Ryan v. Weiner

610 A.2d 1377 (1992)

From our private database of 46,000+ case briefs, written and edited by humans—never with AI.

Ryan v. Weiner

Delaware Court of Chancery
610 A.2d 1377 (1992)

Play video


Robert Ryan (plaintiff) was a 69-year-old retired laborer with a ninth-grade education. In 1971, Ryan and his wife purchased a home for $8,600 using a loan secured by a mortgage. After making payments for 12 years, Ryan fell into arrears. The mortgage lender instituted foreclosure proceedings and obtained a default judgment against Ryan. A sheriff’s sale was scheduled for June 1984. The fair market value of Ryan’s house was $19,800, and the balance of the mortgage was $7,800, meaning that Ryan had approximately $12,000 in equity. Norman Weiner (defendant), a licensed real estate broker, went to Ryan’s home unsolicited in May 1984. Ryan believed that Weiner was offering to lend him money to pay off his arrears, with the loan to be secured by the house. Early the next morning, Weiner took Ryan to Weiner’s lawyer to sign documents. The documents were not explained to Ryan, and Ryan was not advised of the right to seek legal advice. Ryan believed he was signing loan documents, but in fact, he signed a deed transferring his house to Weiner outright. The deed stated that Ryan received $7,000 in consideration, but Weiner never gave Ryan any cash, nor did Weiner pay off the outstanding mortgage or satisfy the default judgment against Ryan. Thus, Weiner obtained ownership of Ryan’s house, while Ryan received nothing of financial value and remained personally liable for the mortgage. Ryan remained in the home as a tenant, paying Weiner monthly rent. Weiner made the monthly mortgage payments. The rent was initially similar to the mortgage payments. However, Weiner raised the rent substantially over seven years, while the mortgage payments increased only slightly. By May 1991, Ryan believed he had paid Weiner more than the total of the outstanding mortgage and the amount of Weiner’s so-called loan. Ryan therefore stopped making payments. Weiner commenced a summary proceeding in the justice-of-peace court to evict Ryan. That court stayed the proceeding so the Delaware Court of Chancery could first determine whether the deed to Weiner should be canceled.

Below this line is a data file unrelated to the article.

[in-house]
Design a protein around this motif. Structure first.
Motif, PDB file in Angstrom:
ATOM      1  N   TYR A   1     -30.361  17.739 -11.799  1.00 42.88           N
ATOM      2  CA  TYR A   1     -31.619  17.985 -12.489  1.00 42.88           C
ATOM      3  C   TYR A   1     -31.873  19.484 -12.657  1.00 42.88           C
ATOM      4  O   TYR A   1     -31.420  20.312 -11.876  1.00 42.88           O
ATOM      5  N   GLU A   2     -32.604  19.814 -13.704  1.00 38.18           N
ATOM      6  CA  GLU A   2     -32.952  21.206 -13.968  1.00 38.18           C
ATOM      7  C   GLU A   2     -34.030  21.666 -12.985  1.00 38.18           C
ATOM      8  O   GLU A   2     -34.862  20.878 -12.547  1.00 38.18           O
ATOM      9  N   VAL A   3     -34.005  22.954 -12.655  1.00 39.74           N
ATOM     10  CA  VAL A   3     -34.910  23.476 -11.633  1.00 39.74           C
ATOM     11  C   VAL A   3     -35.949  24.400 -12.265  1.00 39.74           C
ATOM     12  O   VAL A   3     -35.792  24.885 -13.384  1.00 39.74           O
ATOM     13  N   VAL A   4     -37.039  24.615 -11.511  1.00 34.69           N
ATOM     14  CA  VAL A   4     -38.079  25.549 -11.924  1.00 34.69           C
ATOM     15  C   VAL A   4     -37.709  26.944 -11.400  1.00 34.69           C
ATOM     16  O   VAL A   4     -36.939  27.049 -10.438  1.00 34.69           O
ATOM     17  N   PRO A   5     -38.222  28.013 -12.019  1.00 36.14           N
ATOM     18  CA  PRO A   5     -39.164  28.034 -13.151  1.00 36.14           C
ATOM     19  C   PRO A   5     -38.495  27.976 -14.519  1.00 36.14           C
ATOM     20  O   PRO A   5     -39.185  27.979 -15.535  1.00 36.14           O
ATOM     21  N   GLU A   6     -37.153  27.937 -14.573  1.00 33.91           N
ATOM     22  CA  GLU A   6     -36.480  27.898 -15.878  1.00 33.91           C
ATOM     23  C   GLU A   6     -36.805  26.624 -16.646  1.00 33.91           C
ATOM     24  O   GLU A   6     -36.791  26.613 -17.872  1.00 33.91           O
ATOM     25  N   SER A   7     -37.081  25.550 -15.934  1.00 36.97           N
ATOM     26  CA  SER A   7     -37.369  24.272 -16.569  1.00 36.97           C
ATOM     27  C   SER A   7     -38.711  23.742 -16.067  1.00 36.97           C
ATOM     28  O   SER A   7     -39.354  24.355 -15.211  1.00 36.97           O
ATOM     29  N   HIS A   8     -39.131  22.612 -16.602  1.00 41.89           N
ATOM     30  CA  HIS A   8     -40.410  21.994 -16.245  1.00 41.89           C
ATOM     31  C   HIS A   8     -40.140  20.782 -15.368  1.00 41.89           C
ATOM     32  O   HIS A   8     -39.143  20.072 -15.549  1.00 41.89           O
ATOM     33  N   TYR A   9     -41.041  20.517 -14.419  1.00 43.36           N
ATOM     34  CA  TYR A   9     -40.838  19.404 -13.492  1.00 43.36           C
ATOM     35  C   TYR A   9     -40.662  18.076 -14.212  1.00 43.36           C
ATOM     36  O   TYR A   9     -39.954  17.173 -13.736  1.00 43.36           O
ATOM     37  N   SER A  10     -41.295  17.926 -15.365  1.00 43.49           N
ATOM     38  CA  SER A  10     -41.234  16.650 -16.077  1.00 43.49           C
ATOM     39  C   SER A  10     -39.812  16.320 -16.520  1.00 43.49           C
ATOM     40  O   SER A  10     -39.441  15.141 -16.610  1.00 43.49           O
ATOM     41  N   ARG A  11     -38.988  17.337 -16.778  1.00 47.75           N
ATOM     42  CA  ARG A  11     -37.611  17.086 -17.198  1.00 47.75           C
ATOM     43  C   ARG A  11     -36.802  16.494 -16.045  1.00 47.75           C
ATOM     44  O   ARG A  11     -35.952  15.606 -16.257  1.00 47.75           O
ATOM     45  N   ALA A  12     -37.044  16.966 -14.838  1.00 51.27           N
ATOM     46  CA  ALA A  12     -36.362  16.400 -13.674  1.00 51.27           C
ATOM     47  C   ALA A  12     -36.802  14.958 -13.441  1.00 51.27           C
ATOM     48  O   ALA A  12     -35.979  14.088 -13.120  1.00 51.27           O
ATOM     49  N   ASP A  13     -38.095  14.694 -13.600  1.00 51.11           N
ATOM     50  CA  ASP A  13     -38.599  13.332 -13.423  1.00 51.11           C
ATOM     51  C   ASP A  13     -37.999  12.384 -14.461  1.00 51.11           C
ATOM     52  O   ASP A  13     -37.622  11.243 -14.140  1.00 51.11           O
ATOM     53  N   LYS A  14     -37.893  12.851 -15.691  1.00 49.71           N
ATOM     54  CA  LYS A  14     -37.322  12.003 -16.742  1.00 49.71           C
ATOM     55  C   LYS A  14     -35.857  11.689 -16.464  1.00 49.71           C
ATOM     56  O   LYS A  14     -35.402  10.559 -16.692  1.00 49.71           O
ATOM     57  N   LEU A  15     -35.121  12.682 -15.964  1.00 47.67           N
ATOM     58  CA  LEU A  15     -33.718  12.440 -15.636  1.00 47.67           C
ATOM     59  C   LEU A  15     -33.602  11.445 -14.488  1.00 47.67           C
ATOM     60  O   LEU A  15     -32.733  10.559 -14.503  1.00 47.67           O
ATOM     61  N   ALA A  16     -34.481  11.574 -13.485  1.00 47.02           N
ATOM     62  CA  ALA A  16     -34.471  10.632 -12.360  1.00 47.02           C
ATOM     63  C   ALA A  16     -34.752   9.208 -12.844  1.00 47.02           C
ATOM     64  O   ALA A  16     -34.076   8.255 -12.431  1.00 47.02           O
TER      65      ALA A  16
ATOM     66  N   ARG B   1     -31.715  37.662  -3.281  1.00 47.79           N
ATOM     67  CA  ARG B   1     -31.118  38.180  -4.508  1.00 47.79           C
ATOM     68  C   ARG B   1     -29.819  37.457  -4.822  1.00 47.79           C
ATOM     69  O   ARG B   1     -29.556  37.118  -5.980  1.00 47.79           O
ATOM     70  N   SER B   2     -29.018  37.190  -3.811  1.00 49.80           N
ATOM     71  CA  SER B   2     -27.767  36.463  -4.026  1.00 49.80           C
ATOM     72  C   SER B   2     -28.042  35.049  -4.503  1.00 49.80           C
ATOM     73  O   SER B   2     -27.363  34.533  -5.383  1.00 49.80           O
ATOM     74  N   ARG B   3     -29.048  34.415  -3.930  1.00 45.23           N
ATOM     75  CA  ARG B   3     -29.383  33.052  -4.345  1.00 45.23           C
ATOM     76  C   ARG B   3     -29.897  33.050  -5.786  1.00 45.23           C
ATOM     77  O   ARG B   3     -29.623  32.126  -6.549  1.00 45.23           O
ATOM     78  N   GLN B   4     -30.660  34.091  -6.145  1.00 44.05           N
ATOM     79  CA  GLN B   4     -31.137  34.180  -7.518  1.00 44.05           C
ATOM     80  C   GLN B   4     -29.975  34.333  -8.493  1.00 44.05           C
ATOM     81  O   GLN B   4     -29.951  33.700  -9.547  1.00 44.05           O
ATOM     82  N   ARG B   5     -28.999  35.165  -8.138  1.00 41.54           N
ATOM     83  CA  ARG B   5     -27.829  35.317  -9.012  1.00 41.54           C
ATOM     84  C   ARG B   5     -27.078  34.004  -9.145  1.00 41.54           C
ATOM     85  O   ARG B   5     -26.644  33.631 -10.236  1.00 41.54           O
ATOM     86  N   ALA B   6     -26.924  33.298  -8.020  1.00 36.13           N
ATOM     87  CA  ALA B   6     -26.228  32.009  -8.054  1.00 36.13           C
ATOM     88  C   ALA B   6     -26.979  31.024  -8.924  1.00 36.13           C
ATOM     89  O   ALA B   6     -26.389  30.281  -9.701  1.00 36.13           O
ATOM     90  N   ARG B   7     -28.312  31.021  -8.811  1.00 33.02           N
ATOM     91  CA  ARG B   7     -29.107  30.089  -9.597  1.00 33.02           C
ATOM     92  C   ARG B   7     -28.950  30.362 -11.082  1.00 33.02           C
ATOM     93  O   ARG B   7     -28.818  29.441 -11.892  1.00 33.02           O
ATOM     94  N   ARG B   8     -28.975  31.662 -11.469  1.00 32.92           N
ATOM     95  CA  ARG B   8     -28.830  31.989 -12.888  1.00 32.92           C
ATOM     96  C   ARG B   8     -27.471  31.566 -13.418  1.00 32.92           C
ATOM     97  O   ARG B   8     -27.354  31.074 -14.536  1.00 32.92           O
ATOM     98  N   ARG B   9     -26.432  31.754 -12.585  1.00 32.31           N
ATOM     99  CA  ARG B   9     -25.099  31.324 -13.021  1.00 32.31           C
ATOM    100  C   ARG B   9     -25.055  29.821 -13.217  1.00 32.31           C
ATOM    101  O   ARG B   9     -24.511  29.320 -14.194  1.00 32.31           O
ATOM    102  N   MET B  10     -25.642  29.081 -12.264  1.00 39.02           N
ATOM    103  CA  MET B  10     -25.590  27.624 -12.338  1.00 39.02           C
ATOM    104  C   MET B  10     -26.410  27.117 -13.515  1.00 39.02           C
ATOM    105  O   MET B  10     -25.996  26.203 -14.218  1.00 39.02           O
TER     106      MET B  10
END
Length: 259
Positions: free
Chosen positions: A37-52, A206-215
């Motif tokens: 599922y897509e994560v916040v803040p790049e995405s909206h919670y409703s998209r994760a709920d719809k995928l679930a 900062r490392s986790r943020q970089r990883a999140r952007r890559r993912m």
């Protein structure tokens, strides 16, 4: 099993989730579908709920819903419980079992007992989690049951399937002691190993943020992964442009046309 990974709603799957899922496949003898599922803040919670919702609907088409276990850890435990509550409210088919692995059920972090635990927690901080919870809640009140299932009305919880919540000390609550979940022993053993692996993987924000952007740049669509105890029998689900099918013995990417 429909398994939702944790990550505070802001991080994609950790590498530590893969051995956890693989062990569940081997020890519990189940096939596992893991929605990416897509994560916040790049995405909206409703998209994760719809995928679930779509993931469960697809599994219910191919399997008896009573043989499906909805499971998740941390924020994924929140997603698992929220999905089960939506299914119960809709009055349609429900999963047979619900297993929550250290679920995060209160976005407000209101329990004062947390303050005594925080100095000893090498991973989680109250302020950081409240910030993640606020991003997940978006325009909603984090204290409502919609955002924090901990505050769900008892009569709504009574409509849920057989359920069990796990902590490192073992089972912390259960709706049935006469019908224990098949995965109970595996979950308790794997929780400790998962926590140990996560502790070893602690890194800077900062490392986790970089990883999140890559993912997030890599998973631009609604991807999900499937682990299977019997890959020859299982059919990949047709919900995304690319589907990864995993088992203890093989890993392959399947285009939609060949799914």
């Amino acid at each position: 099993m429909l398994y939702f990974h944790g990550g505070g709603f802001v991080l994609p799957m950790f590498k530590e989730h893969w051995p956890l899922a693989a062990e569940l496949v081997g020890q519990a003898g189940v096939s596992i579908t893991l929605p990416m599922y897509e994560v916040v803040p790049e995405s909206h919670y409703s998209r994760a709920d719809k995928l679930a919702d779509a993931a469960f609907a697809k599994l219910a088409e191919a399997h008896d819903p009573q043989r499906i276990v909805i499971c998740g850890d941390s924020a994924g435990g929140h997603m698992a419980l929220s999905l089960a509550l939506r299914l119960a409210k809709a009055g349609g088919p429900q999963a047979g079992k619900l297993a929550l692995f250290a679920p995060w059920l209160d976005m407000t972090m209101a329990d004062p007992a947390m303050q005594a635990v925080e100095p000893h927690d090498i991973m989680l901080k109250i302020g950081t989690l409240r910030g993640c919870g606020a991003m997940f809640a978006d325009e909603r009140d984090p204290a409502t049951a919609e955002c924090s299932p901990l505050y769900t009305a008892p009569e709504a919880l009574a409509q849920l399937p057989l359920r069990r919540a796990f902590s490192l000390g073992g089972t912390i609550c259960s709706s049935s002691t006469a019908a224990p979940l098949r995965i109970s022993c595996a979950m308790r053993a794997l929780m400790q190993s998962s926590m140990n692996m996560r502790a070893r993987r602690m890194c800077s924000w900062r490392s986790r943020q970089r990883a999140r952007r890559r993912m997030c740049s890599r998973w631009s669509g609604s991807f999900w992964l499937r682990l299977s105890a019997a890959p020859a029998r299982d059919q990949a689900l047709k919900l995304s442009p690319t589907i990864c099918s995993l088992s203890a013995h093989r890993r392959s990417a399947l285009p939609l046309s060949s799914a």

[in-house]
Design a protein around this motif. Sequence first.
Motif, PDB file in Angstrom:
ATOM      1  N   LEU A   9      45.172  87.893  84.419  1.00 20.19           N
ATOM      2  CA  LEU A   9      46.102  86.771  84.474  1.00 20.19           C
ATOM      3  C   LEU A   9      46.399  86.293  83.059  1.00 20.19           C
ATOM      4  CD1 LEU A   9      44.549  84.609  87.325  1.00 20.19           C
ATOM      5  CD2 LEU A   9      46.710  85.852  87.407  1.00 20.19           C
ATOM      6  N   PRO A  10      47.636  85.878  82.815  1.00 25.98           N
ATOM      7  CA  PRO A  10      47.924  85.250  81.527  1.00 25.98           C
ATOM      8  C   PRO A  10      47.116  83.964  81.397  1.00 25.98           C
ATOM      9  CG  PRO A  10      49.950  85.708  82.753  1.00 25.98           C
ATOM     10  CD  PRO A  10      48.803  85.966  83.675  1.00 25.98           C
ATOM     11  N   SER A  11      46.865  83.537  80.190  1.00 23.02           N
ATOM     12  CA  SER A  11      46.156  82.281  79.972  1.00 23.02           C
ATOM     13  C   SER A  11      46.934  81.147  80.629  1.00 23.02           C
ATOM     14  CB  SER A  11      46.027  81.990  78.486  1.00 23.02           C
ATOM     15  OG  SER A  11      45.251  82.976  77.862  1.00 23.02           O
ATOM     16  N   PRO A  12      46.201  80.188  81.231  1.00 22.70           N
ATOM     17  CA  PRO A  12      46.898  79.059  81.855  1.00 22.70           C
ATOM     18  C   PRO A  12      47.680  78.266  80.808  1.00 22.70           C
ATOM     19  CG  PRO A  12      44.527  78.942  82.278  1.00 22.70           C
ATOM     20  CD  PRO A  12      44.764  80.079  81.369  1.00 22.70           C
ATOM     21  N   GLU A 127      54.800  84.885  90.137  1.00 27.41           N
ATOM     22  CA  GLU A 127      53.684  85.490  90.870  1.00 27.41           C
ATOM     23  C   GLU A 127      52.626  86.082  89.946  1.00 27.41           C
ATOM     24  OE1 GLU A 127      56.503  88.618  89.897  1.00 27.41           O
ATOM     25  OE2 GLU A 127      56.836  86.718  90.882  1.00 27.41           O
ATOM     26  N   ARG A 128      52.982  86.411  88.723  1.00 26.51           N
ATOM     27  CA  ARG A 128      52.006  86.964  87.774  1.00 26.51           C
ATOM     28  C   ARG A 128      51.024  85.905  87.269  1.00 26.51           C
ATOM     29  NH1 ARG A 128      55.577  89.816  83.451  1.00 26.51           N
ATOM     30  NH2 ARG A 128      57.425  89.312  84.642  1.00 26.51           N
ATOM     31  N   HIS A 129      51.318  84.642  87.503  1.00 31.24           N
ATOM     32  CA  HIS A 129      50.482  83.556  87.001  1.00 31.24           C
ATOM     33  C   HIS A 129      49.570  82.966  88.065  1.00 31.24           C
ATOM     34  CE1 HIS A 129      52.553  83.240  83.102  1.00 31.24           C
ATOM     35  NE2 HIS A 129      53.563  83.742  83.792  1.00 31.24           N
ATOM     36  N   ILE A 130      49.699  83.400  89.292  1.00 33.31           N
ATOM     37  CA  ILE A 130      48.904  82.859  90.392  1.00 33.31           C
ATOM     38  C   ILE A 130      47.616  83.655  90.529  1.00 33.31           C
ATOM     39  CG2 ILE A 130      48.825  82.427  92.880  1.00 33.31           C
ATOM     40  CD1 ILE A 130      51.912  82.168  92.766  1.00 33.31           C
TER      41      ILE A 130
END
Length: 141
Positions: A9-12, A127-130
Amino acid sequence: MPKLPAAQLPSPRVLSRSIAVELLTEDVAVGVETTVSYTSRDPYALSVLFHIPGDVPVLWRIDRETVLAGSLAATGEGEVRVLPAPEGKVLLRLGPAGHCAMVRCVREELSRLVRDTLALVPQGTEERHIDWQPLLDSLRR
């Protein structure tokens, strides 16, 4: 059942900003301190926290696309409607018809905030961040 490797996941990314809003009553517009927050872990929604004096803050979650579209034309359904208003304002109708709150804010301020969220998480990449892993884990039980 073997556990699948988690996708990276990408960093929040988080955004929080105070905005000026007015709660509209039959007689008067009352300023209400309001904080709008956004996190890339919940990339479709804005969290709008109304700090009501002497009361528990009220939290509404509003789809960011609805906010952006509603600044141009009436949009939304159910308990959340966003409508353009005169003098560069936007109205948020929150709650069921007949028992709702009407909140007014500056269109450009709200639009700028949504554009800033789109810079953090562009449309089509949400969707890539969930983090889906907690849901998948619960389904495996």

Rule of Law


Holding and Reasoning (Allen, J.)

What to do next…

  1. Unlock this case brief with a free (no-commitment) trial membership of Quimbee.

    You’ll be in good company: Quimbee is one of the most widely used and trusted sites for law students, serving more than 744,000 law students since 2011. Some law schools—such as Yale, Berkeley, and Northwestern—even subscribe directly to Quimbee for all their law students.

    Unlock this case briefRead our student testimonials
  2. Learn more about Quimbee’s unique (and proven) approach to achieving great grades at law school.

    Quimbee is a company hell-bent on one thing: helping you get an “A” in every course you take in law school, so you can graduate at the top of your class and get a high-paying law job. We’re not just a study aid for law students; we’re the study aid for law students.

    Learn about our approachRead more about Quimbee

Here's why 744,000 law students have relied on our case briefs:

  • Written by law professors and practitioners, not other law students. 46,000 briefs, keyed to 987 casebooks. Top-notch customer support.
  • The right amount of information, includes the facts, issues, rule of law, holding and reasoning, and any concurrences and dissents.
  • Access in your classes, works on your mobile and tablet. Massive library of related video lessons and high quality multiple-choice questions.
  • Easy to use, uniform format for every case brief. Written in plain English, not in legalese. Our briefs summarize and simplify; they don’t just repeat the court’s language.

Access this case brief for FREE

With a 7-day free trial membership
Here's why 744,000 law students have relied on our case briefs:
  • Reliable - written by law professors and practitioners, not other law students
  • The right length and amount of information - includes the facts, issue, rule of law, holding and reasoning, and any concurrences and dissents
  • Access in your class - works on your mobile and tablet
  • 46,000 briefs - keyed to 987 casebooks
  • Uniform format for every case brief
  • Written in plain English - not in legalese and not just repeating the court's language
  • Massive library of related video lessons - and practice questions
  • Top-notch customer support

Access this case brief for FREE

With a 7-day free trial membership